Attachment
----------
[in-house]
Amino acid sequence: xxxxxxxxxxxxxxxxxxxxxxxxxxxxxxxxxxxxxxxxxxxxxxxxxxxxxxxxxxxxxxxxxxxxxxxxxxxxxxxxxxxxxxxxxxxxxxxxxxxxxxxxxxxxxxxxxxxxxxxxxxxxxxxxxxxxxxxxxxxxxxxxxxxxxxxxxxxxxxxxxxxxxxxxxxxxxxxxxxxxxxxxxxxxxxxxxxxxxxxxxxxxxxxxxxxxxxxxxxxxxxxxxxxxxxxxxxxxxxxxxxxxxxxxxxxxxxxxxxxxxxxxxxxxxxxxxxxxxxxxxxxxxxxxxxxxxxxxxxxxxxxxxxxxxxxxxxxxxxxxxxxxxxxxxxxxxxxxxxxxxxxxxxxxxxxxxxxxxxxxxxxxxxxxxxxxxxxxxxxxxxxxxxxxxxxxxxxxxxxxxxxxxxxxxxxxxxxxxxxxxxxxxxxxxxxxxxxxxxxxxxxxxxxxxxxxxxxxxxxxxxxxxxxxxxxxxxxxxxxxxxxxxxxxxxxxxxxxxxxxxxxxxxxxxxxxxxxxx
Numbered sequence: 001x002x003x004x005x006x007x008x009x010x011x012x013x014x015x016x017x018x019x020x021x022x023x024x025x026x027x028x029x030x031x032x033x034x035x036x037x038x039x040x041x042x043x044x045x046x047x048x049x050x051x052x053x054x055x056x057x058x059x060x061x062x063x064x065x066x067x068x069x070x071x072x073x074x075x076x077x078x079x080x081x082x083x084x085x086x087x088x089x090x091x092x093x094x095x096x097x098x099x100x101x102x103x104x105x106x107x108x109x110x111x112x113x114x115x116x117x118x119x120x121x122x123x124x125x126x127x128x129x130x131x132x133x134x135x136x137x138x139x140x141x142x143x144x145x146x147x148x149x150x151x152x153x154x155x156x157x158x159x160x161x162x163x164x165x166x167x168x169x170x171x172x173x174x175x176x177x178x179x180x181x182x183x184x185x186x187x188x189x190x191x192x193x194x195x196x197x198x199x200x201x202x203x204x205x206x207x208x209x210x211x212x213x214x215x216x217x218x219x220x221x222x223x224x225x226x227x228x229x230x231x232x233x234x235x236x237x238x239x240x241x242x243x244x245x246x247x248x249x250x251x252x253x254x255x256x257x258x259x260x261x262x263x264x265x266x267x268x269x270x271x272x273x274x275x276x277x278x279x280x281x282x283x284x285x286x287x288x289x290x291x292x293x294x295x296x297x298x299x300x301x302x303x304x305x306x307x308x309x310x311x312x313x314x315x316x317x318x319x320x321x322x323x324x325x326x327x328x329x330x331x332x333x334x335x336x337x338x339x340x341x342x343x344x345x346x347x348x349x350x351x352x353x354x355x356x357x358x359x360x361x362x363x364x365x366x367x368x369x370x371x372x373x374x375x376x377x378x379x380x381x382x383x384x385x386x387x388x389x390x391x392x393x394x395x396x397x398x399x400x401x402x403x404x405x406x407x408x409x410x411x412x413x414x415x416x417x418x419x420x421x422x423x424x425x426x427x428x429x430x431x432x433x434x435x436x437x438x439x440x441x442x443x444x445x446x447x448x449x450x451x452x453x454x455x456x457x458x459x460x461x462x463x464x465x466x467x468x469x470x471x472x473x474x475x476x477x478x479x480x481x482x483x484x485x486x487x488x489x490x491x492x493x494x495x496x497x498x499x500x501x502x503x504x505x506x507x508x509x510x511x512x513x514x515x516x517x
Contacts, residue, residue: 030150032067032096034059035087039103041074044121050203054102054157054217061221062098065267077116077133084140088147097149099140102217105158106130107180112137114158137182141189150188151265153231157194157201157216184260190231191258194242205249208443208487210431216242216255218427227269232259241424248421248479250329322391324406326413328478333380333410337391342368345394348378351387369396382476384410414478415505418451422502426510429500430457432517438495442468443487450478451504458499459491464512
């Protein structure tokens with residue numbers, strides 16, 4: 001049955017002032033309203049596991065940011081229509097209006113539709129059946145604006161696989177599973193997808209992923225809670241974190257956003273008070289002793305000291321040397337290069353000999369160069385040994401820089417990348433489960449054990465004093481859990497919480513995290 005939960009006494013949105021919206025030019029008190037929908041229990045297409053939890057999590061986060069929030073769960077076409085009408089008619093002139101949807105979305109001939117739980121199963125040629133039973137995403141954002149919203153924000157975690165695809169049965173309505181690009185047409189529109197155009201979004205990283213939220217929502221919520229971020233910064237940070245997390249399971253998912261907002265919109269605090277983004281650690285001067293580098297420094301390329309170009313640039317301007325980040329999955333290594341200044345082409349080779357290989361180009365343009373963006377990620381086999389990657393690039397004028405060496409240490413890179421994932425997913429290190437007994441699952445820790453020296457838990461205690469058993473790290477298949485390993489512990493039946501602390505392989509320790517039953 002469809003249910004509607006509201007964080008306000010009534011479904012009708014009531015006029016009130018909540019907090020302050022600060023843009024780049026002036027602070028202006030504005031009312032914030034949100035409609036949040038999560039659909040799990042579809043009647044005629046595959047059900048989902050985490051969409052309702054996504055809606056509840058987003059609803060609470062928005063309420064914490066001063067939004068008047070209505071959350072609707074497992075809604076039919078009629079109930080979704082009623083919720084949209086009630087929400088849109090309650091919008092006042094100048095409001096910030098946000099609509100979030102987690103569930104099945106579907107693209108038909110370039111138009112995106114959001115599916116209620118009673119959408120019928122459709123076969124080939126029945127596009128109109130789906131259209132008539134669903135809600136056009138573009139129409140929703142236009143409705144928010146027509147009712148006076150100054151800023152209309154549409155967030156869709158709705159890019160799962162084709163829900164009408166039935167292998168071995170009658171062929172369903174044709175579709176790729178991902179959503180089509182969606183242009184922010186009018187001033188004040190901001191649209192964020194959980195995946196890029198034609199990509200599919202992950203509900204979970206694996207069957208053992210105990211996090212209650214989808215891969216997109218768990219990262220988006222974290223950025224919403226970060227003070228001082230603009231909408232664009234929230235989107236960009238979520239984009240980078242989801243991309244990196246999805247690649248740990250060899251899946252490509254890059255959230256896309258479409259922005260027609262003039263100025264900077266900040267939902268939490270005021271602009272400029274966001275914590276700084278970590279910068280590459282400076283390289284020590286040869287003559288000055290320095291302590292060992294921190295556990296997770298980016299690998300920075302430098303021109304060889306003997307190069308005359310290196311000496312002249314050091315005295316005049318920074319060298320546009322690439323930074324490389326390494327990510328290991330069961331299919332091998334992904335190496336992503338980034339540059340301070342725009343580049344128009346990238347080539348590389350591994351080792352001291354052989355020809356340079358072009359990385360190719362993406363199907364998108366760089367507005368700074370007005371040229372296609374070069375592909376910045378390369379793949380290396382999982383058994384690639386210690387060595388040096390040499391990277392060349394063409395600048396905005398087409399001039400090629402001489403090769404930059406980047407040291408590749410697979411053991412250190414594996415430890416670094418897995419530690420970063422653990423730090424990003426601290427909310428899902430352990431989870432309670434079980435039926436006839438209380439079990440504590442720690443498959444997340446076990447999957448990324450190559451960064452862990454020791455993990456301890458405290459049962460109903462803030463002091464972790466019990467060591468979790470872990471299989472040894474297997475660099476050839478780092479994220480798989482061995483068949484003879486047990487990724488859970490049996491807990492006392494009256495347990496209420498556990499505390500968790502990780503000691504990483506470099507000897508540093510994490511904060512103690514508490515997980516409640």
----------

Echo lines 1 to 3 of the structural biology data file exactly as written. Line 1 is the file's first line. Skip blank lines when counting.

[in-house]
Amino acid sequence: xxxxxxxxxxxxxxxxxxxxxxxxxxxxxxxxxxxxxxxxxxxxxxxxxxxxxxxxxxxxxxxxxxxxxxxxxxxxxxxxxxxxxxxxxxxxxxxxxxxxxxxxxxxxxxxxxxxxxxxxxxxxxxxxxxxxxxxxxxxxxxxxxxxxxxxxxxxxxxxxxxxxxxxxxxxxxxxxxxxxxxxxxxxxxxxxxxxxxxxxxxxxxxxxxxxxxxxxxxxxxxxxxxxxxxxxxxxxxxxxxxxxxxxxxxxxxxxxxxxxxxxxxxxxxxxxxxxxxxxxxxxxxxxxxxxxxxxxxxxxxxxxxxxxxxxxxxxxxxxxxxxxxxxxxxxxxxxxxxxxxxxxxxxxxxxxxxxxxxxxxxxxxxxxxxxxxxxxxxxxxxxxxxxxxxxxxxxxxxxxxxxxxxxxxxxxxxxxxxxxxxxxxxxxxxxxxxxxxxxxxxxxxxxxxxxxxxxxxxxxxxxxxxxxxxxxxxxxxxxxxxxxxxxxxxxxxxxxxxxxxxxxxxxxxxxxxxxxx
Numbered sequence: 001x002x003x004x005x006x007x008x009x010x011x012x013x014x015x016x017x018x019x020x021x022x023x024x025x026x027x028x029x030x031x032x033x034x035x036x037x038x039x040x041x042x043x044x045x046x047x048x049x050x051x052x053x054x055x056x057x058x059x060x061x062x063x064x065x066x067x068x069x070x071x072x073x074x075x076x077x078x079x080x081x082x083x084x085x086x087x088x089x090x091x092x093x094x095x096x097x098x099x100x101x102x103x104x105x106x107x108x109x110x111x112x113x114x115x116x117x118x119x120x121x122x123x124x125x126x127x128x129x130x131x132x133x134x135x136x137x138x139x140x141x142x143x144x145x146x147x148x149x150x151x152x153x154x155x156x157x158x159x160x161x162x163x164x165x166x167x168x169x170x171x172x173x174x175x176x177x178x179x180x181x182x183x184x185x186x187x188x189x190x191x192x193x194x195x196x197x198x199x200x201x202x203x204x205x206x207x208x209x210x211x212x213x214x215x216x217x218x219x220x221x222x223x224x225x226x227x228x229x230x231x232x233x234x235x236x237x238x239x240x241x242x243x244x245x246x247x248x249x250x251x252x253x254x255x256x257x258x259x260x261x262x263x264x265x266x267x268x269x270x271x272x273x274x275x276x277x278x279x280x281x282x283x284x285x286x287x288x289x290x291x292x293x294x295x296x297x298x299x300x301x302x303x304x305x306x307x308x309x310x311x312x313x314x315x316x317x318x319x320x321x322x323x324x325x326x327x328x329x330x331x332x333x334x335x336x337x338x339x340x341x342x343x344x345x346x347x348x349x350x351x352x353x354x355x356x357x358x359x360x361x362x363x364x365x366x367x368x369x370x371x372x373x374x375x376x377x378x379x380x381x382x383x384x385x386x387x388x389x390x391x392x393x394x395x396x397x398x399x400x401x402x403x404x405x406x407x408x409x410x411x412x413x414x415x416x417x418x419x420x421x422x423x424x425x426x427x428x429x430x431x432x433x434x435x436x437x438x439x440x441x442x443x444x445x446x447x448x449x450x451x452x453x454x455x456x457x458x459x460x461x462x463x464x465x466x467x468x469x470x471x472x473x474x475x476x477x478x479x480x481x482x483x484x485x486x487x488x489x490x491x492x493x494x495x496x497x498x499x500x501x502x503x504x505x506x507x508x509x510x511x512x513x514x515x516x517x